Secret pasts revealed, old heroes lost, a new hero rises, and somebody gets their heart torn out! These exploits and more, brought to you by the newest installment of Convergence.
The majority of this issue focused on The Warlord characters, and that got me to thinking: the Warlord and Deimos are the primary protagonist and antagonist of The Warlord series; they are essentially that title’s Batman and Joker or Superman and Lex Luthor. I never read Warlord, but I became immensely curious as to whether or not these two ever had a satisfying final confrontation within the pages of their own book. If not, is this even the kind of final showdown that fans of the series would have had envisioned for this pair? Are they even aware of the fact that their heroes are engaged in a final struggle with one another within the pages of Convergence? It seems to me that a certain amount of grandeur is lost upon the current readership because we have no history with these characters. While the events do draw some level of sympathy, imagine how much more involved we would be, had we read dozens of adventures featuring these characters. As it stands, the impact isn’t as large as I think it should have been.
I’m obviously going with the assumption that the majority of us aren’t too familiar with the world of Warlord, but I think I can safely speak for the fans of that series by likening it to events from my own beloved franchise. Two issues ago we saw a slew of pre52 villains get unceremoniously taken out. It upset me and from the comment section I gathered there were a fair number of you who were also upset by this turn of events. While there may not be as many Warlord fans out there to be as vocal as the Batman ones, I’d like to think that this issue did a similar disservice to that series, and I wanted to take a moment to recognize that.
Is it just me or does Brainiac’s occupation chamber seem vaguely similar to H.R.Giger’s Space Jockey chamber from Alien. Not only that, but in Aliens, the xenomorphs hid in the walls. Tell me that doesn’t look like an alien up there on the ceiling of Brainiac’s chamber.
Aside from my incessant grumbling, this issue did have plenty or worthwhile material. We get to see Deimos single handedly decimate the Earth 2/Warlord heroes…and maybe even a villain. We get further insights into Telos that are turning him into a far more interesting character than I had originally anticipated. I’m actually rooting for the guy now. And we get an ending that sets up a battle royale for next week’s issue: Deimos calls an end to the competition, but more than likely this will start a new conflict that involves every single character on the planet forming an alliance to kick his butt. And from what we see him do in this issue, they will probably need that many people in order to take him out.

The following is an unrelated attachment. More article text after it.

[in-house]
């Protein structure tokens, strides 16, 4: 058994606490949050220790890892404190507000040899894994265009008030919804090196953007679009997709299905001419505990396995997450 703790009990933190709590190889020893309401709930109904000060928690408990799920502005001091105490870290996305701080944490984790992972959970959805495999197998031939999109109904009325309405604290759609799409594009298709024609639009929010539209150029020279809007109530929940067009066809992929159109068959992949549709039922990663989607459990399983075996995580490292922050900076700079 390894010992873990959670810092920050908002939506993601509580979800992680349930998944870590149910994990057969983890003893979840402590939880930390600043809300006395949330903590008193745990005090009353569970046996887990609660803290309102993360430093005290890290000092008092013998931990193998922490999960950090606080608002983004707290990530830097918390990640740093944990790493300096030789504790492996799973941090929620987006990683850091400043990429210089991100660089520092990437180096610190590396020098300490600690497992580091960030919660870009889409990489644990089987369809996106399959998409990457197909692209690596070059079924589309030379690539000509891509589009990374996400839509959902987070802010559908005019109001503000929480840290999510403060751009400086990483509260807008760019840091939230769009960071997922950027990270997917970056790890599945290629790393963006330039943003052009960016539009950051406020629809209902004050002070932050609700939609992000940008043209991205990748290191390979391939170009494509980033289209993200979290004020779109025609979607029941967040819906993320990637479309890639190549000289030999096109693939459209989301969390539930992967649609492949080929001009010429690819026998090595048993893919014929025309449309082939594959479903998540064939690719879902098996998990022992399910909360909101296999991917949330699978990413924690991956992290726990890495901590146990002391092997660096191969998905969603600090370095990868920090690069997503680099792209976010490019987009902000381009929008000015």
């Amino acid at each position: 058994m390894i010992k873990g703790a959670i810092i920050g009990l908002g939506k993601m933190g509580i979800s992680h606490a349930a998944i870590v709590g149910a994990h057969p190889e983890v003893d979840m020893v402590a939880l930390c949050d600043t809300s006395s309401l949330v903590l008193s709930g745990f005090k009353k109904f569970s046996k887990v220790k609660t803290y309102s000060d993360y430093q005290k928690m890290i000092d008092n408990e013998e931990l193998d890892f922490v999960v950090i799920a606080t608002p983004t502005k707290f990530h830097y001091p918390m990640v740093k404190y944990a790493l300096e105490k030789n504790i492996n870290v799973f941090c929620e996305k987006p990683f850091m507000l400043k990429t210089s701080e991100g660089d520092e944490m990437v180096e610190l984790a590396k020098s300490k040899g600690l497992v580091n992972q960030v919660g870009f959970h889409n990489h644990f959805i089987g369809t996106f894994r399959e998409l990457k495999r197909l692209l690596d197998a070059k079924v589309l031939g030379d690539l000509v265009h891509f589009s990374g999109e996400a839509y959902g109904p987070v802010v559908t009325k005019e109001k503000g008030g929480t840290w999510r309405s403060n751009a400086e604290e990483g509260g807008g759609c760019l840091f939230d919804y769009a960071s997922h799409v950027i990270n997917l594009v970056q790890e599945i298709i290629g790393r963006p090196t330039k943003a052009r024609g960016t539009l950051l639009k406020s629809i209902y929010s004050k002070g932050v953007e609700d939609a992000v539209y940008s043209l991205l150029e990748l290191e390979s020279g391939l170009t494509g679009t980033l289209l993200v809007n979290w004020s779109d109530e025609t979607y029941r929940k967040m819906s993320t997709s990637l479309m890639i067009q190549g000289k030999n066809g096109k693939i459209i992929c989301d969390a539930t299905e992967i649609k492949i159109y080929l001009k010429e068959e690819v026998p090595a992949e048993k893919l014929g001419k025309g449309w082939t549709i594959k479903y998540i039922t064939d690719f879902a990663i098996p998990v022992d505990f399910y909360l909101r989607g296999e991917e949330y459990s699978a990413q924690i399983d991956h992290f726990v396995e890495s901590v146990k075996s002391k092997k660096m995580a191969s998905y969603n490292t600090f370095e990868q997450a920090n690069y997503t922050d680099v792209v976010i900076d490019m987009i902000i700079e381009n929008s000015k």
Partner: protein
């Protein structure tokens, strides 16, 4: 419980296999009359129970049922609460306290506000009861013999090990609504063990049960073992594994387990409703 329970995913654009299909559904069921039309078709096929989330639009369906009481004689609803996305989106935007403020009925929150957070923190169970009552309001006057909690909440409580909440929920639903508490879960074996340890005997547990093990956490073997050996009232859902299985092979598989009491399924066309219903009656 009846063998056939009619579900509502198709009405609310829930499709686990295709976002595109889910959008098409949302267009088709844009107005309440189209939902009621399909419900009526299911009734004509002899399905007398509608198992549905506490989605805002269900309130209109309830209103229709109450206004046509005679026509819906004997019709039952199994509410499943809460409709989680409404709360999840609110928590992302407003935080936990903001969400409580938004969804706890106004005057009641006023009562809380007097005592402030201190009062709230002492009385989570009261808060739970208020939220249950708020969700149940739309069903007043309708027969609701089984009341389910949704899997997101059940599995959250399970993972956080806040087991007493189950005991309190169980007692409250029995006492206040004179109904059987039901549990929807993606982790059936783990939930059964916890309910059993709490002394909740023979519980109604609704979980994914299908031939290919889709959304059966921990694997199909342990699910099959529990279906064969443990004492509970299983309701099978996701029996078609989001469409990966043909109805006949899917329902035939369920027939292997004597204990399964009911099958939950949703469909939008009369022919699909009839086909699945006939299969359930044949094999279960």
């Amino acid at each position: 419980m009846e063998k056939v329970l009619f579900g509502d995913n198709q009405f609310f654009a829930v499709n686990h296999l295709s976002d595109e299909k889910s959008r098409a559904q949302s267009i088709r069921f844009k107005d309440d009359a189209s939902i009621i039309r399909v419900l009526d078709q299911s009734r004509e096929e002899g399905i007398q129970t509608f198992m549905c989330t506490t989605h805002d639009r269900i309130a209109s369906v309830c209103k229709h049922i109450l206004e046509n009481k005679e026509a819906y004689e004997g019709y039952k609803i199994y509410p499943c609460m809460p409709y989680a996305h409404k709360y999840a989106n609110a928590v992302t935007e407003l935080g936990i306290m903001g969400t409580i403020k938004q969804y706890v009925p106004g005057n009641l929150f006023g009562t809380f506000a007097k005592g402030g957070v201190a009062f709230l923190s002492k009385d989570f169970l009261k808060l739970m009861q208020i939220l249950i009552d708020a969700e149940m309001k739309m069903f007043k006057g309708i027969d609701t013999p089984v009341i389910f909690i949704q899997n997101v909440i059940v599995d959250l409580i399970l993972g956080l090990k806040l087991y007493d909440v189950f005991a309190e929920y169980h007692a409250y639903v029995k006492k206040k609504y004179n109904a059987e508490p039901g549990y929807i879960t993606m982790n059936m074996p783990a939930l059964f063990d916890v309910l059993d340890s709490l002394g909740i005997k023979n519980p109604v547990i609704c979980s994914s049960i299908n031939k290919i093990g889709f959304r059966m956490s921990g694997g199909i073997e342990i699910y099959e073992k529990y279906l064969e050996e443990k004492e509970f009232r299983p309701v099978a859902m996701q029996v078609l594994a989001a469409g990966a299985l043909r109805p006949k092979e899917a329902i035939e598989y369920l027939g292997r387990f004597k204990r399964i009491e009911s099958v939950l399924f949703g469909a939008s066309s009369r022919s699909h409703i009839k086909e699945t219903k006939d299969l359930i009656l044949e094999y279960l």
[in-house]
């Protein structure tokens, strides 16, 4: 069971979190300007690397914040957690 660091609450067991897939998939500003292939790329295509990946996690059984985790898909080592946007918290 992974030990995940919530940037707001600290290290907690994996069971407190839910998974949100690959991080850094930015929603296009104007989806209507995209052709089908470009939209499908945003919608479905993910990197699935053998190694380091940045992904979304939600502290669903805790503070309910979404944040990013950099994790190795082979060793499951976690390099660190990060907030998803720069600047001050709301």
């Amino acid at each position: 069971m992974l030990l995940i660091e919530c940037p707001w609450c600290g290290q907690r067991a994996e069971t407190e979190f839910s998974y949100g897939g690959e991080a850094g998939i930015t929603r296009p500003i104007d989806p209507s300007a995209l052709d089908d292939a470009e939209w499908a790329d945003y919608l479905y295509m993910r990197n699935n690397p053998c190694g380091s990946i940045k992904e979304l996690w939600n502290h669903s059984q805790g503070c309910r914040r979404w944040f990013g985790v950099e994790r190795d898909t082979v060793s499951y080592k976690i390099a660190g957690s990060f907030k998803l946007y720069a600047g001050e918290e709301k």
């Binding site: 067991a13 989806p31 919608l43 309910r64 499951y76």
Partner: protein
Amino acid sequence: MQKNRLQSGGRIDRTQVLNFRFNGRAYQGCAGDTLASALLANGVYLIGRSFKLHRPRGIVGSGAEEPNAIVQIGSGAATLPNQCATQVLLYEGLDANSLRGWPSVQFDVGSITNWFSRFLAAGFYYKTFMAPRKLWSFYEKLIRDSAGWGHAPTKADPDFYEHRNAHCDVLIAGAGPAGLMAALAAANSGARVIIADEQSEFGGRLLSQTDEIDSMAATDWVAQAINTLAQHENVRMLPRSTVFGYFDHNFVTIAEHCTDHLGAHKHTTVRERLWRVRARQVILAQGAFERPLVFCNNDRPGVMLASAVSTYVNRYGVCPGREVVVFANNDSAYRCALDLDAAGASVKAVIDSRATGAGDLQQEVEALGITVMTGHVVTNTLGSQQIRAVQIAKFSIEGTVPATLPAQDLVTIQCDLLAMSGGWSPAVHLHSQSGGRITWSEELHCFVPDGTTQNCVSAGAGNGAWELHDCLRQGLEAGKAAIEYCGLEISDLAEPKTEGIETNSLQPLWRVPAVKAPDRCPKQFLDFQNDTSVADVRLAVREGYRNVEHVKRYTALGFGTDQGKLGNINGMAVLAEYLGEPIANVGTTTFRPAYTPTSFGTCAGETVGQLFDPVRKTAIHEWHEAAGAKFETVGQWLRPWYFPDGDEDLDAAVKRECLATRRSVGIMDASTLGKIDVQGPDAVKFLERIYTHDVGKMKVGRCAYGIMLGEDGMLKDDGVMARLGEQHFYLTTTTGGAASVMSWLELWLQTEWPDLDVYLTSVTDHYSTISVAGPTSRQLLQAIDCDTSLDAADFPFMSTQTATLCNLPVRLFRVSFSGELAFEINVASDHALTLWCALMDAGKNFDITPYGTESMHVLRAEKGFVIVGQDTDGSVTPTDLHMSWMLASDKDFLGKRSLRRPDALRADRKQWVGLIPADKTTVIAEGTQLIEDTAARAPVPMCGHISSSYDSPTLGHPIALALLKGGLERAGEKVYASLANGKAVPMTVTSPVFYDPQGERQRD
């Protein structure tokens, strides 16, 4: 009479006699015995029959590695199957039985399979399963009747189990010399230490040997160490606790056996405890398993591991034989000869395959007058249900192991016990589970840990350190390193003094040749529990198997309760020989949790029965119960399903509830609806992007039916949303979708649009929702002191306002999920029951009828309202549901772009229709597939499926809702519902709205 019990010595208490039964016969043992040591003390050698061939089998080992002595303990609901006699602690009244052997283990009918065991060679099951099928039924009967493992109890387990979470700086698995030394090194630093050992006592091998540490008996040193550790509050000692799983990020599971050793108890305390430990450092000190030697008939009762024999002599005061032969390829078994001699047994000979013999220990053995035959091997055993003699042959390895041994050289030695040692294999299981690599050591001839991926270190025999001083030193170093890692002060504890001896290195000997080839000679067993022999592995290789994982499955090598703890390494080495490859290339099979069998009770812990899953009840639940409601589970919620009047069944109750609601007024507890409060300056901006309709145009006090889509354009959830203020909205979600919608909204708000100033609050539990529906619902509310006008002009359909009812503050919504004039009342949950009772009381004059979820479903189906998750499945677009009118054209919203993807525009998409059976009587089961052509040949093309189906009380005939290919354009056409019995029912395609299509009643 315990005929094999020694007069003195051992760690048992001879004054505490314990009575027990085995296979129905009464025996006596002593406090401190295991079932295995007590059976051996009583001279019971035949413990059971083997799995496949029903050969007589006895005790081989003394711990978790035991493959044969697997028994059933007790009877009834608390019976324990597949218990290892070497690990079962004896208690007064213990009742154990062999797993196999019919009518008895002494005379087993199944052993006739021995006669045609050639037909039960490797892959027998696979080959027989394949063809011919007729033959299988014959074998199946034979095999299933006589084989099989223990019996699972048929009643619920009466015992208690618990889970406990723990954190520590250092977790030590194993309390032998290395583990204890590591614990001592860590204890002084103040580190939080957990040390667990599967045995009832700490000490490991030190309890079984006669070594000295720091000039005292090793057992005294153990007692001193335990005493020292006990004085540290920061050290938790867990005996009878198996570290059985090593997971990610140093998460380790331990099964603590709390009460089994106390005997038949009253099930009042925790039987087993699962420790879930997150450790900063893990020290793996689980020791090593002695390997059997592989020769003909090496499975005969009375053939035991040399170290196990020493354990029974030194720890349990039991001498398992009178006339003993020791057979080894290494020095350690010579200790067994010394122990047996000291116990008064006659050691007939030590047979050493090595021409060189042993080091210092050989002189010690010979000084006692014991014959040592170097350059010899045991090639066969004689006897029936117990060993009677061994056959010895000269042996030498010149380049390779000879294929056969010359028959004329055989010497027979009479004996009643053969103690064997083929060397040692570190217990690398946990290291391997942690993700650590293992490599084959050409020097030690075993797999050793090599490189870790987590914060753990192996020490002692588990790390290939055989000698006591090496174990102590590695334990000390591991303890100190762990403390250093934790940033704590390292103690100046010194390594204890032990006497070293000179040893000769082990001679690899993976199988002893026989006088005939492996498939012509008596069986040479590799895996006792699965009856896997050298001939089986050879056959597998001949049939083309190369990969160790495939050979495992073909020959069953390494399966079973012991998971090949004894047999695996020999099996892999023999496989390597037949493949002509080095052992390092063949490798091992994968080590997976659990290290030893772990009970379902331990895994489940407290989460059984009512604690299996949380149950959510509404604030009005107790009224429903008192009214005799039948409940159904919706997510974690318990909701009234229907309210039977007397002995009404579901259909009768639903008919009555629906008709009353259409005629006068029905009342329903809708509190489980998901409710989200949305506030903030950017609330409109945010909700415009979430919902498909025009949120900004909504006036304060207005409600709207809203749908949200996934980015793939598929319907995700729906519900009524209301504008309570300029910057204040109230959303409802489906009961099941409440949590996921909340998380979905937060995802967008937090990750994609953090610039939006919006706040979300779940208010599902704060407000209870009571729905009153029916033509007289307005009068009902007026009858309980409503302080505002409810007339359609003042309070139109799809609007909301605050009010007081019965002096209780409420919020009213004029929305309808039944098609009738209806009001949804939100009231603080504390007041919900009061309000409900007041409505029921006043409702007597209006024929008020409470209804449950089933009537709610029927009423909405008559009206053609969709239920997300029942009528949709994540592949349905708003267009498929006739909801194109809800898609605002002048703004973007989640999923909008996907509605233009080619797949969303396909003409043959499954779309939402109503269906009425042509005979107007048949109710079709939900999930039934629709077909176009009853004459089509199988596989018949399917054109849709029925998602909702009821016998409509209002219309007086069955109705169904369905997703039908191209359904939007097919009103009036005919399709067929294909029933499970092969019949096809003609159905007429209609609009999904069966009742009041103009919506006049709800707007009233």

The artist for this particular issue took me by surprise. I had not bothered to take note of who it was before I began reading. I kept thinking about how whoever the artist was, they were doing a very descent impression of Andy Kubert’s work and were definitely going to get some deserved recognition within my review. Then I made it to the last page and saw from the credits that it was indeed… Andy Kubert. Don’t get me wrong, the art in this issue is good, but it isn’t Andy Kubert good. The simple fact that I thought it was someone else was evidence enough for me that he wasn’t giving it his all. Don’t think that I am saying this just to hate on him. I like Andy Kubert, but I have definitely seen him do better. It might also have something to do with the inker, although, I’m not entirely sure. All I know is, it isn’t what I am used to seeing when I look at Andy Kubert’s work.
Just some random questions and comments:
- I didn’t recognize anything from the flashback detailing Telos’ history. Is this something from ancient DC history I’m not aware of or is it original material created for Convergence? If anybody recognizes it or has a clue about the identity of Telos, fell free to share in the comments below.
- Seeing as how Crisis on Infinite Earths was a story designed to streamline the DC universe and get rid of excess baggage, perhaps that is exactly what Convergence is too. With all the death going on, it is hard not to see it that way. DC is cleaning house!
- The event that Deimos is referring to is from Crisis on Infinite Earths (1985). The specific section that is relevant to his comment, involves the Anti-Monitor taking control of the Red Tornado and sending him after a group of heroes. In the ensuing battle, Ted Grant (Wildcat) gets the bones in both of his legs shattered. Seeing as how he cannot continue superheroing, his god-daughter (Yolanda Montez) becomes the new Wildcat.
- You want to bid a fond farewell to the cast of The Warlord.
- You’re a fan of Andy Kubert. Yeah…he penciled this issue!
This issue boils down to not much more than a series of fight scenes with a quick aside to introduce Telos’ backstory. If all you want is action, then you can’t go wrong with this issue, but the intellectuals among us might find it somewhat lacking. In my opinion, the insight that we gain into Telos just shot him to the head of the line as the most interesting element to come out of Convergence thus far. I can’t wait to see how his story plays out.
SCORE: 7 / 10